Showing posts from June, 2019
Today's poem

I feel that Ezra Pound had a genius for poetry. I want to pursue why his translation (from Old English) attracts me, want to read his more translation of The Exeter Book. As in many explanations, indeed, much alliteration.

The Seafarer by Ezra Pound
      (from the Anglo-Saxon version)

May I for my own self song's truth reckon,  Journey's jargon, how I in harsh days  Hardship endured oft.  Bitter breast-cares have I abided,  Known on my keel many a care's hold,  And dire sea-surge, and there I oft spent  Narrow nightwatch nigh the ship's head  While she tossed close to cliffs. Coldly afflicted,  My feet were by frost benumbed.  Chill its chains are; chafing sighs  Hew my heart round and hunger begot  Mere-weary mood. Lest man know not  That he on dry land loveliest liveth,  List how I, care-wretched, on ice-cold sea,  Weathered the winter, wretched outcast  Deprived of my kinsmen;  Hung with hard ice-flakes, where hail-scur flew,  There I heard naught save the harsh sea  An…
Craftsmanship - Beautiful-bound Books at Bookshop POST in Tokyo

We went to a distinct bookshop POST at a cul-de-sac in Ebisu, Tokyo last week, met again Dutch artists Scheltens & Abbenes. Their exhibition was held there at the second time. First, our encounter with them had been at NYC and we had been surprised by their artworks with proficient technique. Also this time there were some new findings in their photos.

Apparently, therein, lay both the variety and its own particular style of selection. The bookshop has adopted, sold visual books on mainly including fine art, graphic design, photography with a unique concept that it showcases only one publisher’s publication at a time according to its website. Once entering the shop (or gallery), soon I felt an owner or curator of the shop might have deep knowledge for publishing books. Plenty of books with high quality were curated, introduced and orderly put on shelves. Moreover, there had been lectures to mak…
Today's poem

The Petrarchan sonnet might relate to a battle field somewhere, finely draws one scene of the nature by using metaphors. In the octet, animals' motions in moments bring a surprise with pithy expressions. In the sextet, first, just a turn, and the third line represents the beauty of nature. Deadly silence in the last line.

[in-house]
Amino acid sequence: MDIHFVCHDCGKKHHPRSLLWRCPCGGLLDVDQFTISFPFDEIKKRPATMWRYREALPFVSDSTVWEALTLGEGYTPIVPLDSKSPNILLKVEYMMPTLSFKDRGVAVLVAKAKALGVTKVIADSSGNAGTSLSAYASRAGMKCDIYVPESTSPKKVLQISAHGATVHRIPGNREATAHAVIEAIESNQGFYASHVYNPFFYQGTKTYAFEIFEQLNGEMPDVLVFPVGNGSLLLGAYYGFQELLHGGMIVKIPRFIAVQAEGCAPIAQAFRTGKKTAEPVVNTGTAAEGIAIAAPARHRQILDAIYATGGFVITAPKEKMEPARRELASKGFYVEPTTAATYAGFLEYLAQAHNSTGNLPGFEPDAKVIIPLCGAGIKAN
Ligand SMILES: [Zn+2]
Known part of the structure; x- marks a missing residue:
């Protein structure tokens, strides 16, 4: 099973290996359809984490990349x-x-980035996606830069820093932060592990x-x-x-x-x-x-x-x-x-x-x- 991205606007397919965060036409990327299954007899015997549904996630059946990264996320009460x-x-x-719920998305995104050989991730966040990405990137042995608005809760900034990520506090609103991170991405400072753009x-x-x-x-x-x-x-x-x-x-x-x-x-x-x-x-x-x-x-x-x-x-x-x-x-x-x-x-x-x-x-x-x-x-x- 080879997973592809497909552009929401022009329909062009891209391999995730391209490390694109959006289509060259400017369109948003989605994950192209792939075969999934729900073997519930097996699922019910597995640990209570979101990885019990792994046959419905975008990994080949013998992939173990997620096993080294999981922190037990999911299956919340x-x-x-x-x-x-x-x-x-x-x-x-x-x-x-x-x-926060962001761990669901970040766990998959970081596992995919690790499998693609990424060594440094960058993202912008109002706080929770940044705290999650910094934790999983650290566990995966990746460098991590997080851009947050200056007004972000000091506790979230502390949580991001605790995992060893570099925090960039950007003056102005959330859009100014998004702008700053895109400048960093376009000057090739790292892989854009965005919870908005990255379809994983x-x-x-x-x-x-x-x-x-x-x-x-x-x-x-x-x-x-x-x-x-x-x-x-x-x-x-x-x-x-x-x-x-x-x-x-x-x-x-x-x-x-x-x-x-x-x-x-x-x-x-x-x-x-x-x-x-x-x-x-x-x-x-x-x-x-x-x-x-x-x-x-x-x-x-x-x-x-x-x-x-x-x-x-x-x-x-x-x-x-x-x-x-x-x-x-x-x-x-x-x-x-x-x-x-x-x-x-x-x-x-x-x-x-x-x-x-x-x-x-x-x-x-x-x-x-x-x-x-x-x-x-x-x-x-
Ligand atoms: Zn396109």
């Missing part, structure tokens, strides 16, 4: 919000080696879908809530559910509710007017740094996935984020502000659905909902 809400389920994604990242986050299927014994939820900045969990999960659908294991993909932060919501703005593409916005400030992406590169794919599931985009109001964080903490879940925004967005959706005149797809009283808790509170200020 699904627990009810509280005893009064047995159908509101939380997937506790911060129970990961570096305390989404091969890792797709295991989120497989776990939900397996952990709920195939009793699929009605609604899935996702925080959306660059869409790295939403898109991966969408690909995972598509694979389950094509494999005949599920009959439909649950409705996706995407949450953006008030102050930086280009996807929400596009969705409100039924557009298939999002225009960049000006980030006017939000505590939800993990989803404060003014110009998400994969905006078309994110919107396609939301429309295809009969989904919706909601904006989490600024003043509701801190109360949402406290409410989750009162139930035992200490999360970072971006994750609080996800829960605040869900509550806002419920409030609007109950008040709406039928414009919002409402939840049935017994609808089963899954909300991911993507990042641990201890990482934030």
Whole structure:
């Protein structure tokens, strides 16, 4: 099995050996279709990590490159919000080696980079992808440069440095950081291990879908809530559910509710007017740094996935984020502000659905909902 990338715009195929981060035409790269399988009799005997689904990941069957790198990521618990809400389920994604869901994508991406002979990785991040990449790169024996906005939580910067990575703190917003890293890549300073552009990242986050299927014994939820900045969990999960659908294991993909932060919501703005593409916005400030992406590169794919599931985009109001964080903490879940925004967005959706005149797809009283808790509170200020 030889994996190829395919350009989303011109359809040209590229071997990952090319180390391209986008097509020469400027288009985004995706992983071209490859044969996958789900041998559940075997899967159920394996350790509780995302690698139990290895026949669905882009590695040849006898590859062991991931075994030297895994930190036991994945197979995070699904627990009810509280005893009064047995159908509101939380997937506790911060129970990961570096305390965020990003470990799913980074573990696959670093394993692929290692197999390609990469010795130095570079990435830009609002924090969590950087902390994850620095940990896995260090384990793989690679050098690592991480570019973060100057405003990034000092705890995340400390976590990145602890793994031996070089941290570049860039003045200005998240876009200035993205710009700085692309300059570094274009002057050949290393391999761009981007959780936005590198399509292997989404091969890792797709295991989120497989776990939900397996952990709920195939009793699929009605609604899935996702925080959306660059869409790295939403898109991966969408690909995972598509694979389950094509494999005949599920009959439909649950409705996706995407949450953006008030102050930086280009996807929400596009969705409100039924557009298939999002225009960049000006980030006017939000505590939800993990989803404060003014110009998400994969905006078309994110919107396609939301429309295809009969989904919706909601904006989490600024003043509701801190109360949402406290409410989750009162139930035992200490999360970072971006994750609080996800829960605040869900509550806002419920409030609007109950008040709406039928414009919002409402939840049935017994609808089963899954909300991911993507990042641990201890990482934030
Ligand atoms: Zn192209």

Range-finding by Robert Frost

The battle rent a cobweb diamond-strung
And cut a flower beside a ground bird's nest
Before it stained a single human breast.
The stricken flower bent double and so hung,
And still the bird revisited her young.
A butterfly its fall had dispossessed
A moment sought in air his flower of rest,
Then lightly stooped to it and fluttering clung.

On the bare upland pasture there had spread
O'ernight 'twixt mullein stalks a wheel of thread
And straining cables wet with silver dew.
A sudden passing bullet shook it dry.
The indwelling spider ran to greet the fly,
But finding nothing, sullenly withdrew.

My debut chapbook Untouched Landscape is registered to National Poetry Library in London.

Thank you to librarians, thank you to National Poetry Library.

Poetry Tour with Book London Undercurrents (Holland Park Press) by Joolz Sparkes and Hilaire

      What a lovely day in London! On Sunday, May 2019, I made a poetry tour to Holloway, Islington with a Londoner poet Joolz whose debut poetry collection written with Hilaire was out last March. As the subtitle The hidden histories of London’s unsung heroines, north and south of the river would suggest, the hidden women’s history appears in the book. The collection explores the presences and absences, the interplay of the present and the past – both visible and imagined based on her precise research on, sometimes, handwritten manuscripts in historical archives. She read aloud poems in the book relating to places for me.
(1) A poem ‘Hollywood Comes to Holloway’       Our tour started from Holloway station (Piccadilly line). Along Holloway Road, we strolled. First, Joolz read the poem in front of the building the Holloway Odeon with her nostalgia to the architecture having an art deco outline. A…
Troubadour Reading Event

I should first write the Silves workshop 2019. However, I have basked in my delight of hearing gorgeous spoken-words event at the Troubadour Café in London on Monday, 27th May. This was the first time for me to attend as audience such an event organized by Coffee-House Poetry.
In a first part, poems of Troubadour poets written for the event were premiered. I was stirred up by a second part: reading performance by poets Pat Boran, Richard Douglas Pennant, Martina Evans, and A. F. Harrold with music by Peter Foggitt. Their performance poetry was based on responding unpredictably to each others’ themes in work, keeping contact with listeners. I felt that such collaboration might have been a sort of development of Japanese Renga. I didn’t know all the poets, however, the encounter with hearing of them influenced me so much, especially, Martina Evans and A. F. Harrold. Martina Evans read, enunciated her poems with humour like whispering while memorizing all poems for …